Suffering in all forms is pervasive and present in all humans regardless of age, race, religion, status, or sex. It is almost as if human beings are born to suffer.  From the beginning of the first humans, suffering has been part of human existence.

It is natural for human beings to seek the cause(s) of this suffering in their midst and, of course, find a solution. Every human community has always sought to find out what or who causes this human pain and suffering. Some believe in some malevolent gods, demons or evil spirits who cause the suffering. Others believe in physical causes such as viruses or diseases. Still others attribute suffering to destiny. Various religions also have differing explanations why there is human suffering.

Suffering Caused by Witches

In traditional Africa, people accused of being witches are believed to be the major cause of suffering. Witches are responsible for causing barrenness, poverty, still births, miscarriages, bad luck, death, etc. Carol McKinney, who studied the phenomenon of witchcraft among the Bajju of Kaduna State, Nigeria, defines witchcraft as “an inherent capacity to exert supernatural influence over another person. This influence frequently causes harm, and it explains phenomena such as breaches in social relations, anti-social behavior, unexpected occurrences, sickness and death.”[1]

This belief is not irrational; rather, it is a serious philosophical and pragmatic attempt to deal with the question of evil. It has its own natural logic. According to E. E. Evans-Pritchard,  “This explanatory system provides answers to questions of why particular occurrences happen to specific individuals at the time they do. It does not invalidate their understanding of empirical cause and effect of an occurrence. Rather it deals with its ultimate cause” (Witchcraft, Oracles and Magic among the Azande, 71).

Natural causes and witchcraft are not mutually exclusive, but complementary. The one supports the other, accounting for what the other does not account for. Those who affirm witch beliefs do not deny the working of natural causes. They would never deny that a motor accident caused the death of a young man crushed by a car. But they would assert that this was not a complete explanation; things do not “just happen.”  From the pre-Christian era to the contemporary world, witchcraft is a very powerful and a generally acceptable explanation and justification for all forms of human suffering.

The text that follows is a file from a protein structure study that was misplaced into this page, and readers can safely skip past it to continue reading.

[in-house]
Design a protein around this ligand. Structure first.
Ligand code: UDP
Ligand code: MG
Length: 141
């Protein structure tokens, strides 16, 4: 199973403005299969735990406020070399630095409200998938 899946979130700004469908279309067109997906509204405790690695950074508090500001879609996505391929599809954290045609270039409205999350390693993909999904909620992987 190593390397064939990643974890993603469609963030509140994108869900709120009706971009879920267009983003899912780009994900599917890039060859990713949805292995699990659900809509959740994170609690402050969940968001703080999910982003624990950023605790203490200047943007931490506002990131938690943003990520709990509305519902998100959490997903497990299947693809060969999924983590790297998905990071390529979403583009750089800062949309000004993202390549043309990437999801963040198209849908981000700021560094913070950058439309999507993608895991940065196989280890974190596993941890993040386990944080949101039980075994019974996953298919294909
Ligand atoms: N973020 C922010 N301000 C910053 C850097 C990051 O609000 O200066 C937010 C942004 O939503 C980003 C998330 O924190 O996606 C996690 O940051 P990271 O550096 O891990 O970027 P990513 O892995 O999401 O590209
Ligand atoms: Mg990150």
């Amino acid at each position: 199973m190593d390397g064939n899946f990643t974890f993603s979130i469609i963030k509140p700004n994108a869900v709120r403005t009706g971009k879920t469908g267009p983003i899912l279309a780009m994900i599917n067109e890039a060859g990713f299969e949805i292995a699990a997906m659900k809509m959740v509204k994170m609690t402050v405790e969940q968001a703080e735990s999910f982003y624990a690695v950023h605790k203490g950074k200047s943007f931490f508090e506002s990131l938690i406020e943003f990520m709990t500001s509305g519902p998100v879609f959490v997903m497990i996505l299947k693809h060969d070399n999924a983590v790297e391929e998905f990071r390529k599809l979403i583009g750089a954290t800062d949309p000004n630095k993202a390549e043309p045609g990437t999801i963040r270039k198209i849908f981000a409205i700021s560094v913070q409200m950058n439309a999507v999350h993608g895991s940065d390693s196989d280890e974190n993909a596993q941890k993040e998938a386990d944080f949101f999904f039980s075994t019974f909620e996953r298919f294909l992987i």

Persistent Nature of Witchcraft Belief

Though witchcraft belief and practice predates modern Africa, it still exerts pervasive influence not only among unbelievers, but among believers on the continent. It is important to recognize that witch beliefs are difficult to question or doubt. Many other customs and practices, such as the killing of twins, have been discontinued but not so with witchcraft belief and practice. It has persisted and still has a strong hold on many people. It is a belief that most African children are steeped in from infancy. In adulthood, the belief is already so strongly accepted that it is part of the identity and worldview of the person. And when coupled with the beliefs of the community, it makes it even stronger and irresistible.

Witchcraft belief is also an emotive belief that is not easily discarded or banished even in the light of scientific evidence or proof. Traditional proofs of suspicion, suggestion, accusation, and charge follow patterns that are highly problematic, yet difficult to counter. For example, when a  young man contracts HIV through an immoral lifestyle and dies from it, his family members may well attribute the death to an elderly uncle said to have bewitched the young man. This sort of process has happened over and over again. It is common to hear preachers allege that a young married woman is unable to bear children because  she is the cause of her barrenness or somebody else is responsible for her inability to bear children. Traditionally, witchcraft is often shrouded in fear, secrecy, gossip, suspicion, guess-work, village consensus, speculation, suggestion, fear, camouflage, cover-up, malice, and mob justice. To paraphrase Norman Miller (Encounters with Witchcraft, pp. 198–202), for millions in Africa who are influenced by witchcraft thinking, witchcraft ideas are invested with deep emotions that often overshadow reason and which deny fair play and opportunity for the individuals accused of having harmed or even killed others through witchcraft to defend themselves against the charge or suspicion.

The accusation that people said to be witches are the cause of suffering is common place.  In much of Africa, these accusations are common, even within the Christian community, and in my experience are getting worse by the day. The accusations and consequences that sometimes even involve capital punishment are so severe that we have to examine whether or not the verdict is justified that a person said to be “a witch” is actually responsible for the suffering of another human being.


[1] Carol V. McKinney, The Bajju of Central Nigeria: A Case Study of Religious and Social Change. PhD dissertation, Southern Methodist University, 1985, 59.